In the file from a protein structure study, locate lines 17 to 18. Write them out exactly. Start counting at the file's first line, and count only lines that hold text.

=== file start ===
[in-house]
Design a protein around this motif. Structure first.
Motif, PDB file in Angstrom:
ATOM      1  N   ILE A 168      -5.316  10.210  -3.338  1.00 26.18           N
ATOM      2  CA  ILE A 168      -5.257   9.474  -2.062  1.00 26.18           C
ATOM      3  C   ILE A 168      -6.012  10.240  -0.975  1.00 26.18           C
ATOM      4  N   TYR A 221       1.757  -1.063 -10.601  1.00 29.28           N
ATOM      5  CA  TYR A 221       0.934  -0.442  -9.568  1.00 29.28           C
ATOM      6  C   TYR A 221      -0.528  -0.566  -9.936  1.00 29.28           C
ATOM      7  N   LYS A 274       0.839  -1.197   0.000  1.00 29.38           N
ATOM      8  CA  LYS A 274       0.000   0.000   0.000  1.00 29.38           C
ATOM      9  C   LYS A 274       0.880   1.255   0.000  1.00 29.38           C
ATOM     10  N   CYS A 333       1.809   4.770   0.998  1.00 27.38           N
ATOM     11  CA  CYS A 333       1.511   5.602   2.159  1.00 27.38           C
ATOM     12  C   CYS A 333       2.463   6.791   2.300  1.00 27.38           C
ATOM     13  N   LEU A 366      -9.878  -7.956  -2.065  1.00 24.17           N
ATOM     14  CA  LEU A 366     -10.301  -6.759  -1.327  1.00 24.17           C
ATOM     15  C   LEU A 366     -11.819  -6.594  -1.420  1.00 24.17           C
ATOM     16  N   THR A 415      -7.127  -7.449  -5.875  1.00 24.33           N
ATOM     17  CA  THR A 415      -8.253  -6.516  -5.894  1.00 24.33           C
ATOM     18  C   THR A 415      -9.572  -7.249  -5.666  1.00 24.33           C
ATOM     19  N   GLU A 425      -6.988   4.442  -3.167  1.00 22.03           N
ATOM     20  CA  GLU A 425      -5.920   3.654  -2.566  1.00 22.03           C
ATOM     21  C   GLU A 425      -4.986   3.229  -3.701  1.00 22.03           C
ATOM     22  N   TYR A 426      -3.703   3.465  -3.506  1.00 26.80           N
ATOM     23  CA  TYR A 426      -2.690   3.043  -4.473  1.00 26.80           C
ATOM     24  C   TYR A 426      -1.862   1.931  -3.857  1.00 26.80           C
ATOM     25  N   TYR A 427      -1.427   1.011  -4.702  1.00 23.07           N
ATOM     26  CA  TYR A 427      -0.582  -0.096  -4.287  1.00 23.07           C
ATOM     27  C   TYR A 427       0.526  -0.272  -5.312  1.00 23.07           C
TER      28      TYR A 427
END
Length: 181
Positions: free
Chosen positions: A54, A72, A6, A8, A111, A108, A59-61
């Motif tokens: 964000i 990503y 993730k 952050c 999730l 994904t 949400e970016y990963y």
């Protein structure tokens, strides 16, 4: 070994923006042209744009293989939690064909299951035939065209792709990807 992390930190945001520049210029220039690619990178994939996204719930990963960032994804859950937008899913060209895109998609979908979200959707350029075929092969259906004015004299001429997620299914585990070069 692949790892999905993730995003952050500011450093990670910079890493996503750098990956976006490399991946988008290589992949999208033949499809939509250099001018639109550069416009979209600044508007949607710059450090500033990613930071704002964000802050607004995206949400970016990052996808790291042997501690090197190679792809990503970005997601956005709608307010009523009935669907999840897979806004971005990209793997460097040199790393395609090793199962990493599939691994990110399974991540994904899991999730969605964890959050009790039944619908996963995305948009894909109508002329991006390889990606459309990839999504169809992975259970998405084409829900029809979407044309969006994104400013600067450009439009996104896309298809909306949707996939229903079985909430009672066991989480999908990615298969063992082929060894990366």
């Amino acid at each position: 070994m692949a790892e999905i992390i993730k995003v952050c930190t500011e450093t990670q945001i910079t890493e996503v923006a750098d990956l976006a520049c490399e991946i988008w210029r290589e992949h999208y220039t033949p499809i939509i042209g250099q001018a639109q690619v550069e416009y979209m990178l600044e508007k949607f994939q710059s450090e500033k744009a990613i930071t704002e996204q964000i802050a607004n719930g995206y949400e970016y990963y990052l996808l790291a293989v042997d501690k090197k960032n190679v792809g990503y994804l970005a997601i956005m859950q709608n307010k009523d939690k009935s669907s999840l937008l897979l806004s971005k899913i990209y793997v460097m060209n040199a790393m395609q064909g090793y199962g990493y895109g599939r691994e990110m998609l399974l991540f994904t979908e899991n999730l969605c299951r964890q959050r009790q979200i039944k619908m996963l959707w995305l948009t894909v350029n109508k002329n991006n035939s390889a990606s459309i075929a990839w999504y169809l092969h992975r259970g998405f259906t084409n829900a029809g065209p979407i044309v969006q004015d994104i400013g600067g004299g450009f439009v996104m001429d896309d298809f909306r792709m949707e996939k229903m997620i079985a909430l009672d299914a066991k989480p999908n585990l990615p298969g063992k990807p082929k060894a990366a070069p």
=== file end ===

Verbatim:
ATOM     14  CA  LEU A 366     -10.301  -6.759  -1.327  1.00 24.17           C
ATOM     15  C   LEU A 366     -11.819  -6.594  -1.420  1.00 24.17           C